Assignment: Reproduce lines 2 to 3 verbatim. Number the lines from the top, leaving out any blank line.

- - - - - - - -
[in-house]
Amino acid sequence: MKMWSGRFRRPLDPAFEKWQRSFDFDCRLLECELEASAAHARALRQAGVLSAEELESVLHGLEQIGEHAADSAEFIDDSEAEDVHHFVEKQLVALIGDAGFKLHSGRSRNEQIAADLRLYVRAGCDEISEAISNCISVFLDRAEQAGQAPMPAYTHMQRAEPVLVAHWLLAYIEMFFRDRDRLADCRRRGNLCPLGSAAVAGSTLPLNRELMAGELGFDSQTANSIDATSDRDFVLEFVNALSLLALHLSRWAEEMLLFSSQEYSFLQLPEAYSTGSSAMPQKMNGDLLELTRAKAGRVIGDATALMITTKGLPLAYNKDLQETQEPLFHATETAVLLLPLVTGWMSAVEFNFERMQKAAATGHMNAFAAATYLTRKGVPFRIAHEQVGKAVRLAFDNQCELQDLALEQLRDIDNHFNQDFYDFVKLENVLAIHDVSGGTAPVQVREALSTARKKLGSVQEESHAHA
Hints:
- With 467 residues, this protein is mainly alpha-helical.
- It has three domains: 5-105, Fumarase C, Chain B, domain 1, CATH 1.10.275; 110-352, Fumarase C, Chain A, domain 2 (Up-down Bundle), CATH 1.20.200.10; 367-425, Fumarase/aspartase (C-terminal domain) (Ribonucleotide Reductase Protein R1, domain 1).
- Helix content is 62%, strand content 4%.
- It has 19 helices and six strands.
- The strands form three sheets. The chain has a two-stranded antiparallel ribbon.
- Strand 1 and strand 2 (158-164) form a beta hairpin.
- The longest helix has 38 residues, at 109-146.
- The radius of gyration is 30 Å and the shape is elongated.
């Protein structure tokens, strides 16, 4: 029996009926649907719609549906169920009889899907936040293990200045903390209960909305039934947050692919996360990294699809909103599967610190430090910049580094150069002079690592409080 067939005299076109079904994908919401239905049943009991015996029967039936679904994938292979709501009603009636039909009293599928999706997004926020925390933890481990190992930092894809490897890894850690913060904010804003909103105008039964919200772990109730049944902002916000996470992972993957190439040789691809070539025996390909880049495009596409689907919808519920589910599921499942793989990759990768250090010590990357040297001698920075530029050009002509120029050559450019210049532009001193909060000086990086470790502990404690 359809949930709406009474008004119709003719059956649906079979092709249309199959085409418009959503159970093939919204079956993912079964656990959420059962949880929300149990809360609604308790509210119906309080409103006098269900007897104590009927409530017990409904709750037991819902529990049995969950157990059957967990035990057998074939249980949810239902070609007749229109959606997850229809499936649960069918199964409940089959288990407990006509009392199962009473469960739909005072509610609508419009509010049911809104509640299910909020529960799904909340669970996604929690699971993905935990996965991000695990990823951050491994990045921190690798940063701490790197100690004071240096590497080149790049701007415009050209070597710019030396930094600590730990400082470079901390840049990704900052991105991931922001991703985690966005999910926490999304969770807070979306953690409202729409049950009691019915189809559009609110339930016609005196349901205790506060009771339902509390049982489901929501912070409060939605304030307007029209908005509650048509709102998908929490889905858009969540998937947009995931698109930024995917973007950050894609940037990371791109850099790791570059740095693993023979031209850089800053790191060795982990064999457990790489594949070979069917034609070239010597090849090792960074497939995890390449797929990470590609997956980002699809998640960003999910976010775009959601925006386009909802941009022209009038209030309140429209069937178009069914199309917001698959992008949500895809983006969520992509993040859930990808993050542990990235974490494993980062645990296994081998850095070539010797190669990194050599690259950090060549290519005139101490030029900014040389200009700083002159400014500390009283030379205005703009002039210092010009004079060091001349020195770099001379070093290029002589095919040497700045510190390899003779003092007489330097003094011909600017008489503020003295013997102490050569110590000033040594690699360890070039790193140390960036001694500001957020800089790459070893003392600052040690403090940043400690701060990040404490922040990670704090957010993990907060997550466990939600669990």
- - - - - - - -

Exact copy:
Amino acid sequence: MKMWSGRFRRPLDPAFEKWQRSFDFDCRLLECELEASAAHARALRQAGVLSAEELESVLHGLEQIGEHAADSAEFIDDSEAEDVHHFVEKQLVALIGDAGFKLHSGRSRNEQIAADLRLYVRAGCDEISEAISNCISVFLDRAEQAGQAPMPAYTHMQRAEPVLVAHWLLAYIEMFFRDRDRLADCRRRGNLCPLGSAAVAGSTLPLNRELMAGELGFDSQTANSIDATSDRDFVLEFVNALSLLALHLSRWAEEMLLFSSQEYSFLQLPEAYSTGSSAMPQKMNGDLLELTRAKAGRVIGDATALMITTKGLPLAYNKDLQETQEPLFHATETAVLLLPLVTGWMSAVEFNFERMQKAAATGHMNAFAAATYLTRKGVPFRIAHEQVGKAVRLAFDNQCELQDLALEQLRDIDNHFNQDFYDFVKLENVLAIHDVSGGTAPVQVREALSTARKKLGSVQEESHAHA
Hints: